September 29th, 2010
A new £6.5m research centre will bring together world-class experts in energy research at the University.
The Energy Technologies Building (ETB) underlines Nottingham’s leading role in global energy research, and its commitment to developing low-carbon technologies with the potential to touch every aspect of 21st century life.
It also highlights the strength of the University’s links with industry, and its commitment to further regeneration of the former Raleigh site on which the centre will be built. The building itself will have excellent environmental credentials, with designers aiming to make it one of the lowest-carbon buildings in the country.
The ETB will be constructed on the University’s Innovation Park, adjacent to the Jubilee Campus and alongside the recently-opened Nottingham Geospatial Building, a focus for research into global positioning systems.
Prof Alan Dodson, Pro-Vice-Chancellor for Infrastructure, said: “The Energy Technologies Building will reinforce Nottingham’s place in the vanguard of global energy research.
“This exciting initiative on our Innovation Park will further our strategic objective for the old Raleigh site to become an exemplar of sustainable development. This is particularly fitting for a building which will accommodate world-leading research into energy technologies, and we’ll be working hard with the architects and contractors to produce the University’s, and one of the country’s, lowest-carbon buildings — not an easy task with the laboratory facilities demanded by such a research centre.”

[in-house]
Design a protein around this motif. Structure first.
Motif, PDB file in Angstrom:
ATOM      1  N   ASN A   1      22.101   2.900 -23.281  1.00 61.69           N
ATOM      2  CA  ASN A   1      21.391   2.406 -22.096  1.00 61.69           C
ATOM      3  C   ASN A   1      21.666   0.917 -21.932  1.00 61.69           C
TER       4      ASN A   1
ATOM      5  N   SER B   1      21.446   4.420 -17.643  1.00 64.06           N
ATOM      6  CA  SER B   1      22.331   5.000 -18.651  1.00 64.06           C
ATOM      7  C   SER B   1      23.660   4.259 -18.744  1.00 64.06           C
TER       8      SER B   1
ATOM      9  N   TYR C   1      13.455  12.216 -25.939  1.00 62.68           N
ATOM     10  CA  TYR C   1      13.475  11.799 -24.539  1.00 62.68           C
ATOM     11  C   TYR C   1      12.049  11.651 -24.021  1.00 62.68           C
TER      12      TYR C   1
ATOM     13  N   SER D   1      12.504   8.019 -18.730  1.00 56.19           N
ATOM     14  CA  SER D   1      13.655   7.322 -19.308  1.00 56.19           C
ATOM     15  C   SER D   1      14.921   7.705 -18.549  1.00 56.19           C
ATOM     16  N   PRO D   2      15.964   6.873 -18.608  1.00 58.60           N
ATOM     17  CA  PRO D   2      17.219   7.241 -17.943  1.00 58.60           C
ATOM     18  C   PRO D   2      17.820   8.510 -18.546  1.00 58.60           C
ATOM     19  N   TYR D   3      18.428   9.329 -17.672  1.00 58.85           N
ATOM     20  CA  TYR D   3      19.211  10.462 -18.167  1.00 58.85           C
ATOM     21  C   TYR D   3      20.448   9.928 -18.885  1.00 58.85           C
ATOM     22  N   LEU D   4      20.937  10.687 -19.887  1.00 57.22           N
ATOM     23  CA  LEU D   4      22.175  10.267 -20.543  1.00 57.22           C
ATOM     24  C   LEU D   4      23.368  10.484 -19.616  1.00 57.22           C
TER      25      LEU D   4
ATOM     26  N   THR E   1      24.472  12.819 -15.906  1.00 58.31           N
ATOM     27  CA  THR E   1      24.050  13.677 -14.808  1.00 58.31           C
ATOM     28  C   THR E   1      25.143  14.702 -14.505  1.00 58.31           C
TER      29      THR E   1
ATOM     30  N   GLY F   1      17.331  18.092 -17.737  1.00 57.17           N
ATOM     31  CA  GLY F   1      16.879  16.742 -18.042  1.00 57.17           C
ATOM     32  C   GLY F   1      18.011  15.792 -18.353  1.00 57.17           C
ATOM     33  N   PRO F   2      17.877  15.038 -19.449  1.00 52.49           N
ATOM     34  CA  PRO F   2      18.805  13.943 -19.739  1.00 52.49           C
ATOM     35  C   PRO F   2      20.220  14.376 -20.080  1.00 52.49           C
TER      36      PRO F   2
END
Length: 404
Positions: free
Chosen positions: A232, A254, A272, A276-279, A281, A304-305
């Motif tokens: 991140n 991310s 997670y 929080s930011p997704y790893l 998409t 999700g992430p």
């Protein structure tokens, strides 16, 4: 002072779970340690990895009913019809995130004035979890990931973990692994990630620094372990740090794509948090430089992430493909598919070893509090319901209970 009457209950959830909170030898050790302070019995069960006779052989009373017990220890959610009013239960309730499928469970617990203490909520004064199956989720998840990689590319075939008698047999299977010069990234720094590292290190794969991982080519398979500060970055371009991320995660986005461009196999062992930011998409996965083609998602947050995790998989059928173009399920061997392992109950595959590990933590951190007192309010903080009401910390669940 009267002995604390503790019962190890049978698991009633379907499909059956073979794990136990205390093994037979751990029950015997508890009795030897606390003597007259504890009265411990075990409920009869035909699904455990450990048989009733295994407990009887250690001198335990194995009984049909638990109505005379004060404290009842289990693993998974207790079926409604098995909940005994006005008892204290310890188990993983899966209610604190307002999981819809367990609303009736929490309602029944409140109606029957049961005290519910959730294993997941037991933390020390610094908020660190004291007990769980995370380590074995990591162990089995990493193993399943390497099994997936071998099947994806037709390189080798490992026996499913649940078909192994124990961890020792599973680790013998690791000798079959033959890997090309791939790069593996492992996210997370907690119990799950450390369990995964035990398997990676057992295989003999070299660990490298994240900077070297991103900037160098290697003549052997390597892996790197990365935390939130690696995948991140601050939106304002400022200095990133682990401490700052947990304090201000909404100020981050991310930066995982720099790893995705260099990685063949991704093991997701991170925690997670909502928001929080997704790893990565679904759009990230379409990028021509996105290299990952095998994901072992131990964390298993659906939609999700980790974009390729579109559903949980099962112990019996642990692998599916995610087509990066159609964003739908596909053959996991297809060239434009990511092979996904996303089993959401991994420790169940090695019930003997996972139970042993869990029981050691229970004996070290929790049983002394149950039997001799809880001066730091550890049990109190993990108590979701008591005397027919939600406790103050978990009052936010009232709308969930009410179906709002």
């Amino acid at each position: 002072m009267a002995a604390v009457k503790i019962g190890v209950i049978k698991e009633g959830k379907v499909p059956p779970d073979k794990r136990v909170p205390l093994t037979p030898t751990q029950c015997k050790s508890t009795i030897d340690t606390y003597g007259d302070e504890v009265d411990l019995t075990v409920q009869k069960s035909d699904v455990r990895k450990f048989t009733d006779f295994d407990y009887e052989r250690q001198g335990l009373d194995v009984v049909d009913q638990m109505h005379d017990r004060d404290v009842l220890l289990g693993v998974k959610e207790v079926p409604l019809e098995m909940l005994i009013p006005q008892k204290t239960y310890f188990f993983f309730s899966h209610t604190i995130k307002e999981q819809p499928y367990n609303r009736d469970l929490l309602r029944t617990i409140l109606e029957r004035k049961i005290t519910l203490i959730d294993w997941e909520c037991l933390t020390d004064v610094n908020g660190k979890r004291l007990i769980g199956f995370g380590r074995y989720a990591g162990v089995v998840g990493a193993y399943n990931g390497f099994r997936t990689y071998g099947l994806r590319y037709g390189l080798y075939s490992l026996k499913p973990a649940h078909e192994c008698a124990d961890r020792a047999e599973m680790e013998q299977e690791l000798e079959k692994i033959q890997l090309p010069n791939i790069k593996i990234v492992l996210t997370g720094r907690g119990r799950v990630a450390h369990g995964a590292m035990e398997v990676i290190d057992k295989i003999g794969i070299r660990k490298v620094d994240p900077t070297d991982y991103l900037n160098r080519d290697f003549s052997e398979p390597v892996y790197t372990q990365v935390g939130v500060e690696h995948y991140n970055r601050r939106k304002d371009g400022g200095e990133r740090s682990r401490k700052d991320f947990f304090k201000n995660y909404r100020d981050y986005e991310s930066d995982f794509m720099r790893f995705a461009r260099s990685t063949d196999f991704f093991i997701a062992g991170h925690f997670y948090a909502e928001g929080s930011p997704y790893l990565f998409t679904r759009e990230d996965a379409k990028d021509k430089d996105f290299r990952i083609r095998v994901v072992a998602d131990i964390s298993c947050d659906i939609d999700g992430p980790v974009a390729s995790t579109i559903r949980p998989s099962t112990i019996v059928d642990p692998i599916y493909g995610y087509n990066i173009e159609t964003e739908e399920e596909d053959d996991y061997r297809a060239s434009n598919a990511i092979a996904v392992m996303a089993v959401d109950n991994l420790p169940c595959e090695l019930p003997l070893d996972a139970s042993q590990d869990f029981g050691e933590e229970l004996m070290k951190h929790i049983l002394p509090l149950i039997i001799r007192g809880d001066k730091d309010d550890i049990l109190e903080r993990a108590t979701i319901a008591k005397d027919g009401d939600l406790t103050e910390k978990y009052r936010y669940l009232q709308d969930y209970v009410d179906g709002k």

It is being funded by the University, the European Regional Development Fund (ERDF), which is administered by the East Midlands Development Agency (emda), and a donation of £1m from the Wolfson Foundation.
The new building will comprise specialist laboratories, a prototype hall, an exhibition area, a rooftop laboratory zone, offices and external technology area for use as an energy testing facility.
The 2,500 m² facility will provide the University with a centre that is specifically designed for continuing and developing its world-leading energy research. It should also attract increased attention from industry, academia, funding agencies, researchers, students and stimulate public interest in new developments in sustainable energy.
Construction is scheduled to start on site early in 2011, with completion due in January 2012.
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